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WHITE HOUSE SENDS PINK SLIPS TO MOST OF BUSH’S APPOINTEES

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The White House has sent pink slips to virtually all of President Bush's top appointees letting them know they are out of a job as of noon on Inauguration Day, officials said Friday.Among those the ax fell on were Bernadine Healy, director of the National Institutes of Health, and David Kessler, the commissioner of the Food and Drug Administration, who reportedly had hoped to be kept on by the Clinton administration.

White House officials said they were just carrying out orders from President-elect Clinton's transition team.

Constance Horner, Bush's director of presidential personnel, sent a memo Wednesday to about 500 top appointees notifying them that Bush had accepted their resignations.

She had requested letters of resignation from all of them Dec. 22.

For those who failed to reply, she notified them that they served at the pleasure of the president, and "it is the pleasure of the president that their appointments be terminated effective noon, January 20."

Horner's edict applied to all those in full-time jobs that required Senate confirmation. It allowed for a limited number of exceptions, including ambassadors serving abroad, inspectors general and U.S. attorneys and marshals.

Alexis Herman, a deputy director of Clinton's transition team, sent Bush officials a letter on Thursday signaling its intention to get rid immediately of even lower level Bush political appointees.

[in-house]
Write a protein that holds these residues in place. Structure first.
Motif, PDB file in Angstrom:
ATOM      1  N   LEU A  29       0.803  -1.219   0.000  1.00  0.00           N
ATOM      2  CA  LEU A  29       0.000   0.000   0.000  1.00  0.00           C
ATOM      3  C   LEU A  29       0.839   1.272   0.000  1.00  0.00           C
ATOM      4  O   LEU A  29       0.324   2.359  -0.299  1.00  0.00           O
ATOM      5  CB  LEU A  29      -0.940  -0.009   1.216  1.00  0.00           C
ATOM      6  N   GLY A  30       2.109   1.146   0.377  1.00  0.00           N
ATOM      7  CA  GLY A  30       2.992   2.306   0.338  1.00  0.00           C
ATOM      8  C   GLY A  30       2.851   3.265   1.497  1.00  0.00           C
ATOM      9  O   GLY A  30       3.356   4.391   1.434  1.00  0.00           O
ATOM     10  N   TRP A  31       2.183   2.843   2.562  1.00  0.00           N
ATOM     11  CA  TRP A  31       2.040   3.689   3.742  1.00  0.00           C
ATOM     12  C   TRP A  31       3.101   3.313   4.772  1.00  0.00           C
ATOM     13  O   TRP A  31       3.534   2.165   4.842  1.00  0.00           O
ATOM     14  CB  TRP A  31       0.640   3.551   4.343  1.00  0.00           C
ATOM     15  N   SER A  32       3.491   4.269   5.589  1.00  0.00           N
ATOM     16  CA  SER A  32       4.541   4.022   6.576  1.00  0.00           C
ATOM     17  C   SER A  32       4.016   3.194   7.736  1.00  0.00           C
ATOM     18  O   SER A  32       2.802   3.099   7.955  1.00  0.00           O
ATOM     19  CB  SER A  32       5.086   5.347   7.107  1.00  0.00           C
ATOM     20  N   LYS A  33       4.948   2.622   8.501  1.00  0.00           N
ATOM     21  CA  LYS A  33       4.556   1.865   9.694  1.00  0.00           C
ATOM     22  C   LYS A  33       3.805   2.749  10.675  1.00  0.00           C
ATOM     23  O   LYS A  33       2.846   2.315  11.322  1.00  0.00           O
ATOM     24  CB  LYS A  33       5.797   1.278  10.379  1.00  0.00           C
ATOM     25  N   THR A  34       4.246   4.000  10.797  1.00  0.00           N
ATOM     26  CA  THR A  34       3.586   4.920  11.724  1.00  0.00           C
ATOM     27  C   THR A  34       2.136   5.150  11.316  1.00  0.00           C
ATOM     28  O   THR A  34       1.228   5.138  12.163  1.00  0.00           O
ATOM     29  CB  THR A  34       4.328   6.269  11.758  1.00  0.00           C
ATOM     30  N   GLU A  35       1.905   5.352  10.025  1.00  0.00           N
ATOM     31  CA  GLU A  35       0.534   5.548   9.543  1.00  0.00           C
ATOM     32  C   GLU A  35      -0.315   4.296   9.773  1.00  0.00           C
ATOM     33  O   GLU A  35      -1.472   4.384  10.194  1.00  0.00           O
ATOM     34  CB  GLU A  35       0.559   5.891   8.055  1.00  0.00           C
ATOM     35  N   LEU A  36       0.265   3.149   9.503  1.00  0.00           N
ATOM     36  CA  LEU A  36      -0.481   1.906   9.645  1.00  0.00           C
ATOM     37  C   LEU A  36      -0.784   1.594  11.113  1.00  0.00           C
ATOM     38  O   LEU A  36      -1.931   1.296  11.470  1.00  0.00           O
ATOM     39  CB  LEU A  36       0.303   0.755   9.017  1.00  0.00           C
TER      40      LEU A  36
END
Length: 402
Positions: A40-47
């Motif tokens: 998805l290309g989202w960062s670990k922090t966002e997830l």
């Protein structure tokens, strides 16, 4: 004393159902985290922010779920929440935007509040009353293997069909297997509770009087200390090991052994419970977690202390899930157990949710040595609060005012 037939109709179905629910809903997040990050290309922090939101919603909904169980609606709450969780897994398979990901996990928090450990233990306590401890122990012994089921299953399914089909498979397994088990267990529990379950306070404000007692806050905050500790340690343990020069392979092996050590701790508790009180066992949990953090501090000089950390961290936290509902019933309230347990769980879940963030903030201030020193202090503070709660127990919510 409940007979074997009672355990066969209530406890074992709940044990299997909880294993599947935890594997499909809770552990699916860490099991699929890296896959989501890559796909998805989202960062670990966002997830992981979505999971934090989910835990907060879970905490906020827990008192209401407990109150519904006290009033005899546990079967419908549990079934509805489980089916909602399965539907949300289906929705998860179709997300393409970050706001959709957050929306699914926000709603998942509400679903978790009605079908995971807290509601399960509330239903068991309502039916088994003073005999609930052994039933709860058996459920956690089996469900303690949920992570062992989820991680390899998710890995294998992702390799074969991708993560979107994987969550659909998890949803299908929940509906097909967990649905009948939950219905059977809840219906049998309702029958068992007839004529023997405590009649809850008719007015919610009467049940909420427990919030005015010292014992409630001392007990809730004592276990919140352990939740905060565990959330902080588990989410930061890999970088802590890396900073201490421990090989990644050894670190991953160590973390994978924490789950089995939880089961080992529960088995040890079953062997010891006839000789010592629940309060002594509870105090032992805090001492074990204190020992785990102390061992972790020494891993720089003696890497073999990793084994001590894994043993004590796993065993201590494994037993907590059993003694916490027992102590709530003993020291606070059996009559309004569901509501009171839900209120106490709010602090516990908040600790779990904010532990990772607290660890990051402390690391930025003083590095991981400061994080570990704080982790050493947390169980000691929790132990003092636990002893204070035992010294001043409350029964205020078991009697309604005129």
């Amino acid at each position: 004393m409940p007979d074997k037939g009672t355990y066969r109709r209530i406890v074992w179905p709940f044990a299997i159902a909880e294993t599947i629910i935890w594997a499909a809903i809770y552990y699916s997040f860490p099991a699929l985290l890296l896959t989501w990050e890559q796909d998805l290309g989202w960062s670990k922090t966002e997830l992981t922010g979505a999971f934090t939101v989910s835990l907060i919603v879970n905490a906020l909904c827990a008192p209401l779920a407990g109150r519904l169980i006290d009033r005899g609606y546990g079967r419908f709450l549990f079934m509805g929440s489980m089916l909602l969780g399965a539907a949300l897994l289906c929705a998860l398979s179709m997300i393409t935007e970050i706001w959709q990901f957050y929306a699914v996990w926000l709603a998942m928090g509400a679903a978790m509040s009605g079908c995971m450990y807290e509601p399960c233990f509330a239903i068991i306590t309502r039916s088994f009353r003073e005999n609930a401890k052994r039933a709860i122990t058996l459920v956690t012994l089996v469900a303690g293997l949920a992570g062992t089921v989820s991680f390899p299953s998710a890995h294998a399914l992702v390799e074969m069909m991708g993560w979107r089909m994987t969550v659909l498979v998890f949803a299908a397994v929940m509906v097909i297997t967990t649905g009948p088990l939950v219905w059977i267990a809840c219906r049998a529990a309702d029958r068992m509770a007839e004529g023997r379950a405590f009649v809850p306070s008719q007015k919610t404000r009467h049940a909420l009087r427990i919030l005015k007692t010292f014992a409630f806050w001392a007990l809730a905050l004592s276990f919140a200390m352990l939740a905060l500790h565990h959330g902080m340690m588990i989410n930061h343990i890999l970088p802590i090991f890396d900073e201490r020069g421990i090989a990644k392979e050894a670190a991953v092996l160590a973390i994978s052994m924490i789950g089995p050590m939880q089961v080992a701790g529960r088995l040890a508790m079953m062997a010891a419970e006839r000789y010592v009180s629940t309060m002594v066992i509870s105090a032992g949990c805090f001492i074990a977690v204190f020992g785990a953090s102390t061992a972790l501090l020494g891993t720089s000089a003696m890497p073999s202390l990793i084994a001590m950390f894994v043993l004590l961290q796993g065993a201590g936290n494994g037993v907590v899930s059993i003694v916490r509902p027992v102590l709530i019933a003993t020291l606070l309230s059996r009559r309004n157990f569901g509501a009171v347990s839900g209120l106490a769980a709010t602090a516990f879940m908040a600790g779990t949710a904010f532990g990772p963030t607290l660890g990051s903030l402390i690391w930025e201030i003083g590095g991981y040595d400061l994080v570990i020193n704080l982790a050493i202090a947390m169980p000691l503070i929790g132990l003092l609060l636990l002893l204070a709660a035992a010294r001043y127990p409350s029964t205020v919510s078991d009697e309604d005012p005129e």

Bush officials had informed the Clinton team they would not demand resignation letters from the so-called Schedule C political appointees and non-career members of the Senior Executive Service.

But Herman wrote back, "We will act on January 21 to remove Schedule C's, non-career SES's and those presidential appointees whose presence are not statutorily required. We are advising you of this action so that we do not leave any false expectations of continued service, and to allow appropriate time for those employees to be given sufficient notice."

Horner's memo instructed the outgoing Republican Cabinet secretaries and agency heads to leave behind a single presidentially appointed individual in each agency to remain in legal charge until the new president appoints his own people.

Clinton could temporarily appoint some of the Bush officials to their old jobs, but they would require Senate confirmation all over again if he wanted to make them permanent.